Europe

People-smuggling 'kingpin' Mered Medhanie extradited to Italy

A police photo shows Mered Medhanie arriving on Italian soil (8 June) Image copyright AFP
Image caption A police photo showed Mered Medhanie arriving on Italian soil

An Eritrean man believed to be at the heart of the operation to smuggle migrants from Africa to Europe has been extradited to Italy, prosecutors say.

Mered Medhanie, known as The General, was held in Sudan in May and was flown to Rome on Tuesday.

Britain's National Crime Agency says he is thought to have arranged the transit of a boat that sank near the Italian island of Lampedusa in October 2013.

At least 359 migrants died when the boat, travelling from Libya, capsized.

Most were from Eritrea and Somalia.

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Italian news agency Ansa said Mr Mered was accused of being "the leader and organiser of one of the largest criminal groups operating between central Africa and Libya".

Prosecutors accuse Mr Mered of running the network alongside an Ethiopian accomplice, who is still at large.

The two men are accused of buying up kidnapped migrants from other gangs and sending those migrants on barely seaworthy ships across the Mediterranean towards Europe.

The investigation is being led by investigators in the Sicilian city of Palermo. Mr Mered is expected to appear in court on Wednesday.

The UK's National Crime Agency said it had tracked him down to an address in Khartoum, where he was then arrested. The rare extradition from Sudan to Italy was completed in record time, reported Italy's La Repubblica (in Italian).


Profile of people-smuggling 'kingpin':

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Media captionThe world's most wanted people smuggler
  • The 39-year-old Eritrean once lived in Italy, where he came under the radar of anti-mafia investigators after trying to open a bank account in Dubai
  • Later moved to Libya, where most African migrants start the treacherous journey to Europe, and finally to Sudan, where he was arrested
  • His wife and family live in Sweden
  • Called "the General", as he styled himself on late Libyan leader Col Muammar Gaddafi
  • Said to have driven around in a tank and boasted: "Nobody is stronger than me"
  • Amount of money that went through him estimated in the billions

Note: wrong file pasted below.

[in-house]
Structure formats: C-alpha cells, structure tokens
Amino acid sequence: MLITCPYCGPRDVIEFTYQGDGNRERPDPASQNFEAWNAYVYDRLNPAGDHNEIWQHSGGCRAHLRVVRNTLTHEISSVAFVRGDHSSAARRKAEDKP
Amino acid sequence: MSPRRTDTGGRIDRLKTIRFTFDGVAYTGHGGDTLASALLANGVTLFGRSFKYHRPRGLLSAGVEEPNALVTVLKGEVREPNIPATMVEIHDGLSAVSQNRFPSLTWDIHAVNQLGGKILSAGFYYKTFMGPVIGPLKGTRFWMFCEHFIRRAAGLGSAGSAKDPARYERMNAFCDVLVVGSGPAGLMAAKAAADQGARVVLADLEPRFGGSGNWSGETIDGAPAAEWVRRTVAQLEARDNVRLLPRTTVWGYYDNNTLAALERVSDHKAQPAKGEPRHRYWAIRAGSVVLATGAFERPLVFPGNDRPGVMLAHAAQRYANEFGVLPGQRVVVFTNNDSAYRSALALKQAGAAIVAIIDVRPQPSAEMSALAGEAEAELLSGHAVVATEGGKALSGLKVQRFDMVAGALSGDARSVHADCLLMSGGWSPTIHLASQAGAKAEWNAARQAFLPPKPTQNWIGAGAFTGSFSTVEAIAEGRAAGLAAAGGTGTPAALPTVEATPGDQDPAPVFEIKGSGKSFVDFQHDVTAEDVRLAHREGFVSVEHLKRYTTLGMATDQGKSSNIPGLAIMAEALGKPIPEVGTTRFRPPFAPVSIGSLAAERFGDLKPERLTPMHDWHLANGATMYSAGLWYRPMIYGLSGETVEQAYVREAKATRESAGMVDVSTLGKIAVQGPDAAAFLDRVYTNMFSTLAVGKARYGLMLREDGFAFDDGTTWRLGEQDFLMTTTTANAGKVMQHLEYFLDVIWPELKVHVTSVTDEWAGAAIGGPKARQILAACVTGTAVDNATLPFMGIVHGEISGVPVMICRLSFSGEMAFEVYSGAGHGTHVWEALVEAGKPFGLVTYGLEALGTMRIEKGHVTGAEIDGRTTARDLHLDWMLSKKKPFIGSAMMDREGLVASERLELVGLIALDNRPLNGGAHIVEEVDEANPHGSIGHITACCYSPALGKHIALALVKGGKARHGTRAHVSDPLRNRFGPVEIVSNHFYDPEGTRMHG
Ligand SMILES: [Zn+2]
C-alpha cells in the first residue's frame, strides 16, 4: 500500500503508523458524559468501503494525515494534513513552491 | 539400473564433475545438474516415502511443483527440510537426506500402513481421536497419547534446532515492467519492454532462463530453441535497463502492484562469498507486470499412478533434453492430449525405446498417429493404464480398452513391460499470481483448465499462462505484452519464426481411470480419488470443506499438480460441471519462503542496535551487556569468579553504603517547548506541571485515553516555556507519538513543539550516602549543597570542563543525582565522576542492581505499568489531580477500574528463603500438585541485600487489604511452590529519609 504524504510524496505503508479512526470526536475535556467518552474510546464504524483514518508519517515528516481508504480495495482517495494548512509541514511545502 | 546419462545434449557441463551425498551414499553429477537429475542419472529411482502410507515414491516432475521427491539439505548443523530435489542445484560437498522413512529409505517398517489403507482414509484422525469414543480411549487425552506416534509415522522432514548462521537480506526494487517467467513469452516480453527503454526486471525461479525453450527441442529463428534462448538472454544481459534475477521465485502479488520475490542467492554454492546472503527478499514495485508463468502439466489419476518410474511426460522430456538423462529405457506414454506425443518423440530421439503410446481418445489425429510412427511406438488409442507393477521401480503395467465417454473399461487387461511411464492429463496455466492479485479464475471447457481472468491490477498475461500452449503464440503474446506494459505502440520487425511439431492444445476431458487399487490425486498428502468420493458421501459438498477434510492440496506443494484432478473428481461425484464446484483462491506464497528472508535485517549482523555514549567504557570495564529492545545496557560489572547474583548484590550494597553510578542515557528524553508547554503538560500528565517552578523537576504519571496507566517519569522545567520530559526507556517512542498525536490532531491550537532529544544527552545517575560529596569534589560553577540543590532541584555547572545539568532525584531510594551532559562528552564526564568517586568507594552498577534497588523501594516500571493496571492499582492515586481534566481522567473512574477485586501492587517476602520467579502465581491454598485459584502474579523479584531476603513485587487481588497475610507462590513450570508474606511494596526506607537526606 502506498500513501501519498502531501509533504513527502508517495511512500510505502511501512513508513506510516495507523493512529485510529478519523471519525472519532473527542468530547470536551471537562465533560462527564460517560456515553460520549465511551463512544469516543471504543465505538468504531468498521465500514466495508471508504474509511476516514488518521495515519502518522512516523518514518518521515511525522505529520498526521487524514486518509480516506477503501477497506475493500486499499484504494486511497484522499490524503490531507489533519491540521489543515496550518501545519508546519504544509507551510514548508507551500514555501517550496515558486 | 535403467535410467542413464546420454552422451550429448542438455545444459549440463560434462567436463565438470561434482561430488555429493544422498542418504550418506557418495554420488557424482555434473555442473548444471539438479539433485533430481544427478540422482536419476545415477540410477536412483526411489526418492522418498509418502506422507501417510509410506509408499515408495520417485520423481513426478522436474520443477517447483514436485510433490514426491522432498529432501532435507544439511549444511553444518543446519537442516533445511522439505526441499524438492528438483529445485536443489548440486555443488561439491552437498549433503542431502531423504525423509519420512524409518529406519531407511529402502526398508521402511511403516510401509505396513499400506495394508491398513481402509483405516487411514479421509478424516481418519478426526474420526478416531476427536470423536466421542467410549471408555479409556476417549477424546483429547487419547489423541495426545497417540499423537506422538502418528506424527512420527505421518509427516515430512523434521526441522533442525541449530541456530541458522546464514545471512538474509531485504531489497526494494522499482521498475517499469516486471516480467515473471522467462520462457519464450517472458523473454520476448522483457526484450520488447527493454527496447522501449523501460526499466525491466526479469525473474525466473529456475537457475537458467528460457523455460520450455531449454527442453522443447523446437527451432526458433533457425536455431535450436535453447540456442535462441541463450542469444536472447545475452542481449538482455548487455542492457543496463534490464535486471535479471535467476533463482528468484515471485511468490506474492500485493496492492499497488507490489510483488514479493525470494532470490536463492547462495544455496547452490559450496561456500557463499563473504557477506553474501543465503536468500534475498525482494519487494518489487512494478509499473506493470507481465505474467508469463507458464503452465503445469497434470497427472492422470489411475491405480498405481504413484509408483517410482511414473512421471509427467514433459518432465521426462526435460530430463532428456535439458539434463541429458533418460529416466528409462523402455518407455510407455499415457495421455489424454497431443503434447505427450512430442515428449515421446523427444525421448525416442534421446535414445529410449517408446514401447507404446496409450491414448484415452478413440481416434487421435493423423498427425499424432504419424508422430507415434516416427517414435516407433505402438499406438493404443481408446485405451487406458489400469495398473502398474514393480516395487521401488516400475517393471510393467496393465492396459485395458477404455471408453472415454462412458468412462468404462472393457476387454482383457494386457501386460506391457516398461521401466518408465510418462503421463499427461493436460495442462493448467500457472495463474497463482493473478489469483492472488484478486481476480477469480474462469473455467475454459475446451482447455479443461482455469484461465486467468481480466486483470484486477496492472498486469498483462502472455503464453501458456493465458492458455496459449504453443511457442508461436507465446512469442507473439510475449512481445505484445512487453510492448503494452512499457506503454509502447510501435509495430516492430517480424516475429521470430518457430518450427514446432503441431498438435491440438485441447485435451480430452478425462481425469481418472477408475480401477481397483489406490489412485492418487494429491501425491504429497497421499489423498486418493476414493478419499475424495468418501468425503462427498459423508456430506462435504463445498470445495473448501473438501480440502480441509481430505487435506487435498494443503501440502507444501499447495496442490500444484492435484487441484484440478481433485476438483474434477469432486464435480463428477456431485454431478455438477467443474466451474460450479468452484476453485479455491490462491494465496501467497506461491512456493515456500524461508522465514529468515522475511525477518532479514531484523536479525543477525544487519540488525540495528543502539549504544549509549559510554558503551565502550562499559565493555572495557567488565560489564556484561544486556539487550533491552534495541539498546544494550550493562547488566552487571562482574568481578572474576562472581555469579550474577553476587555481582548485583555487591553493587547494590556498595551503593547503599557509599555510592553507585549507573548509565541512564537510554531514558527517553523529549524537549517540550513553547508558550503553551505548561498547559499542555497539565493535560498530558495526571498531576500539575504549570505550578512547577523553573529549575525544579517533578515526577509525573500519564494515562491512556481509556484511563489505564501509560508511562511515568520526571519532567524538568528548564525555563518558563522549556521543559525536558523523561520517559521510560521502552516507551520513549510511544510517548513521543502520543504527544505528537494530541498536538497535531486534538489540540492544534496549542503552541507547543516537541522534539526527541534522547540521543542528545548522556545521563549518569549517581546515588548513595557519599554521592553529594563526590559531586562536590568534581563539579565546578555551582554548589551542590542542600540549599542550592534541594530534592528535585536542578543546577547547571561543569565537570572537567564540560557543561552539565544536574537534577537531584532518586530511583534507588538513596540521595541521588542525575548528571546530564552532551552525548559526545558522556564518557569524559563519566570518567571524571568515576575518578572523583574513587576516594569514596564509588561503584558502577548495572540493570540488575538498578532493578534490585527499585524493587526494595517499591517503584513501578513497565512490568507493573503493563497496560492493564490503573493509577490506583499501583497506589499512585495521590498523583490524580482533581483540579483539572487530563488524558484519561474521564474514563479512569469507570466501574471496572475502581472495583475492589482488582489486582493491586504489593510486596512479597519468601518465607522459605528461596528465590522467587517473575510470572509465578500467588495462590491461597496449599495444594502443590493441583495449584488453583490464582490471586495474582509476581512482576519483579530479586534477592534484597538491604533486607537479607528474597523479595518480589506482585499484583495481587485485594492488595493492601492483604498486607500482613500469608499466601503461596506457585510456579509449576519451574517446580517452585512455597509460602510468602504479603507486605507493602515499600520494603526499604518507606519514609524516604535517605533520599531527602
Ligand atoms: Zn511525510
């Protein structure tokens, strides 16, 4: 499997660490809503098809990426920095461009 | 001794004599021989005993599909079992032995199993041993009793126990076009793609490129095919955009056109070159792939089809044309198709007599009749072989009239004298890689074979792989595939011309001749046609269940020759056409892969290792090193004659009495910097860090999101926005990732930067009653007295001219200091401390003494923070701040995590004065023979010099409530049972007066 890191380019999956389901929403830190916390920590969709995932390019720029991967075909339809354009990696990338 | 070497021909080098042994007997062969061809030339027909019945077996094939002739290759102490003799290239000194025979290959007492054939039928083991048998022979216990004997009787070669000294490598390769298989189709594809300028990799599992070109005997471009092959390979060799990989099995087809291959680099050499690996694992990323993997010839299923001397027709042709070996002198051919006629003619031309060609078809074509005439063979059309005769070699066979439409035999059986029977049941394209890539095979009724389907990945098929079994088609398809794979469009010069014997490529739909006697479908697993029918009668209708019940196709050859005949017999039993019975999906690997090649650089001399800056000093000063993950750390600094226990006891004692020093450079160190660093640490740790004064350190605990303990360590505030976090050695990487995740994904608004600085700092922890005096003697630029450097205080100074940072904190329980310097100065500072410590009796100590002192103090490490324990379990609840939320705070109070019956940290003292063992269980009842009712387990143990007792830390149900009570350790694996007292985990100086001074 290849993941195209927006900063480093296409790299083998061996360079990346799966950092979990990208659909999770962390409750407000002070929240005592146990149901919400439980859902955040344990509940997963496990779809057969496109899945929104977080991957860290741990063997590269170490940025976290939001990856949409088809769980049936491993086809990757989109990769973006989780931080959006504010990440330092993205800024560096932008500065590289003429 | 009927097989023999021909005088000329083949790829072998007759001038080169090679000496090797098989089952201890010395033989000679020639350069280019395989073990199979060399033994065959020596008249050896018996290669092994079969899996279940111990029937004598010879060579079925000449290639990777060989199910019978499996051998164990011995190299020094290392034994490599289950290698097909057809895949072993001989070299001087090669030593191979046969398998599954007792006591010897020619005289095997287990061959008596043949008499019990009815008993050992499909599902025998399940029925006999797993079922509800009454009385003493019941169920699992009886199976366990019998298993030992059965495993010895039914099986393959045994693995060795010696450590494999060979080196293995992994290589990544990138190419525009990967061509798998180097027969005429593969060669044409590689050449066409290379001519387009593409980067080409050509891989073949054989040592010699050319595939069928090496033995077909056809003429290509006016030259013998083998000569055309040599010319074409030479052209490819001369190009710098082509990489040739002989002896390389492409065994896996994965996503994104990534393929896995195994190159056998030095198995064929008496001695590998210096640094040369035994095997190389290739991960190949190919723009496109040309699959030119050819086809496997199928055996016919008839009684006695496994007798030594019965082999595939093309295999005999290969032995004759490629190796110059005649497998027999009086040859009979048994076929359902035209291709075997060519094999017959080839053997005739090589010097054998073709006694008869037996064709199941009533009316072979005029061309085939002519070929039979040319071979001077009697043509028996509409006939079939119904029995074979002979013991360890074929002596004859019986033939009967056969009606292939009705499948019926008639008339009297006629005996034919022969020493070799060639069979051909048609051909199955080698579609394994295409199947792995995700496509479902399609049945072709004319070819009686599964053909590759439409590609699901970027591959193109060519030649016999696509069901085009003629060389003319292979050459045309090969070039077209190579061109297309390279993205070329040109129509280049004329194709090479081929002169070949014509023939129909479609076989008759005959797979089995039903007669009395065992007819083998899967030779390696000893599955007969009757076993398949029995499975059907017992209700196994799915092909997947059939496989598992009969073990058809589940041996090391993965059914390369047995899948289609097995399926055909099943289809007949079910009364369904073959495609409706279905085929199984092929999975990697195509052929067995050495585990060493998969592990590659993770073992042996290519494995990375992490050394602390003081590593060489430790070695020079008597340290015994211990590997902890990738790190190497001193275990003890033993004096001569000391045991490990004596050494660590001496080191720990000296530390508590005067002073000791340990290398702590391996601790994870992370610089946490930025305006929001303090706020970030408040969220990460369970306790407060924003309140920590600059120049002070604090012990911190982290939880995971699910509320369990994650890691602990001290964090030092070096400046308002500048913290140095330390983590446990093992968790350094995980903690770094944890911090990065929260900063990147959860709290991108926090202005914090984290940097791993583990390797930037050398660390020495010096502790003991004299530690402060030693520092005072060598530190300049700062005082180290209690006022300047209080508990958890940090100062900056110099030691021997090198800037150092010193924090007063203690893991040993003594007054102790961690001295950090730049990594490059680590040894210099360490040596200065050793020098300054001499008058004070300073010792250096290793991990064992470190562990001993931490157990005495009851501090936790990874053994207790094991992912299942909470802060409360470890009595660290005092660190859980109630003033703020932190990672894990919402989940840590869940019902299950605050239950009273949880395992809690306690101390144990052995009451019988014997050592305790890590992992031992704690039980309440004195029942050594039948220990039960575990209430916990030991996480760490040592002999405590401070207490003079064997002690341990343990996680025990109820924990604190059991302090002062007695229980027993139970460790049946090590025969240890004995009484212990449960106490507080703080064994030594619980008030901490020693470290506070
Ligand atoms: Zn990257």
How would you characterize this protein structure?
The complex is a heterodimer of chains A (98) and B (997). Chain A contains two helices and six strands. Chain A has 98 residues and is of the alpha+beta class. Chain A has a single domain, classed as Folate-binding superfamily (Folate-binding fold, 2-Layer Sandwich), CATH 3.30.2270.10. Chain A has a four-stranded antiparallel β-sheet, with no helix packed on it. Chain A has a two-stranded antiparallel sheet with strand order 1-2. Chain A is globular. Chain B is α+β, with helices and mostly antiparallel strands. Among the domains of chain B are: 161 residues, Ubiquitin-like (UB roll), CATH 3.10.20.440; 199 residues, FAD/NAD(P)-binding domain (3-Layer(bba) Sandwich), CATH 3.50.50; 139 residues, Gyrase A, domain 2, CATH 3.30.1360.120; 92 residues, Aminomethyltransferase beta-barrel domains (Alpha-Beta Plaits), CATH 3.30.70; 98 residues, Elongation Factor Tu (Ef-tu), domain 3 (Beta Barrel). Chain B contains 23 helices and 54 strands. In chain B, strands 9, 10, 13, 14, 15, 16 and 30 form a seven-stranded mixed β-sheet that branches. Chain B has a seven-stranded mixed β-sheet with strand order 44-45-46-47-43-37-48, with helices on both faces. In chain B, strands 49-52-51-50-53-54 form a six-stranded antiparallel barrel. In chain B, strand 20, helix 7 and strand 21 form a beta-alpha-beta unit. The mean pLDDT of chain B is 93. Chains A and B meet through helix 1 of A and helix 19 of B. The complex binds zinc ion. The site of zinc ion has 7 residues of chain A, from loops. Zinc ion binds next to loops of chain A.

Full profile of Mered Medhanie


British investigators had been supporting the Italian inquiry into the Lampedusa tragedy.

La Repubblica says telephone intercepts acquired by Italian investigators depict a man who, while kind and considerate when dealing with matters relating to his wife and children in Sweden, was cynical and ruthless in his work.

'Disregard for life'

In the recordings, he estimates he has smuggled 7,000 or 8,000 people. In one, he is reportedly heard laughing at the overloading of migrant boats.

A key concern was where to hide his spoils. The best place would be America or Canada, he is quoted as saying: "there, they don't ask where you got it from."

"Medhanie is a prolific people-smuggler and has absolute disregard for human life," said Tom Dowdall, deputy director of the NCA.

"Although he was operating thousands of miles away, his criminal activity was impacting the UK. Medhanie no doubt thought he was beyond the reach of European justice but we were able to support the Italians by tracking him down to Sudan."

Image copyright Getty Images
Image caption Most of those on board the ship that sank near Lampedusa were from Somalia and Eritrea
Image copyright AFP/Getty Images
Image caption Survivors said a fire was lit on board the boat to attract ships' attention

Italy's Corriere Della Serra newspaper reported that Mr Mered boasted of being in league with local officials in Tripoli, Libya, while also having a network of workers in Italy.

He charged migrants up to €5,000 (£3,900; $5,680) to travel from African countries to northern Europe, the newspaper said (in Italian).

Investigators are said to be hopeful that he will co-operate with the investigation, helping to identify other smugglers carrying people on the Libya-Italy route.

Up to 500 people were on the boat which broke down and then sank in early October 2013.

Those who survived said that some of those on board set fire to a piece of material to try to attract the attention of passing ships, only to have the fire spread to the rest of the boat.

In 2014, the year after the Lampedusa tragedy, the number of migrant arrivals to Italy jumped to 170,000, before dropping to 153,800 last year. Close to 40,000 people have arrived in Italy so far this year.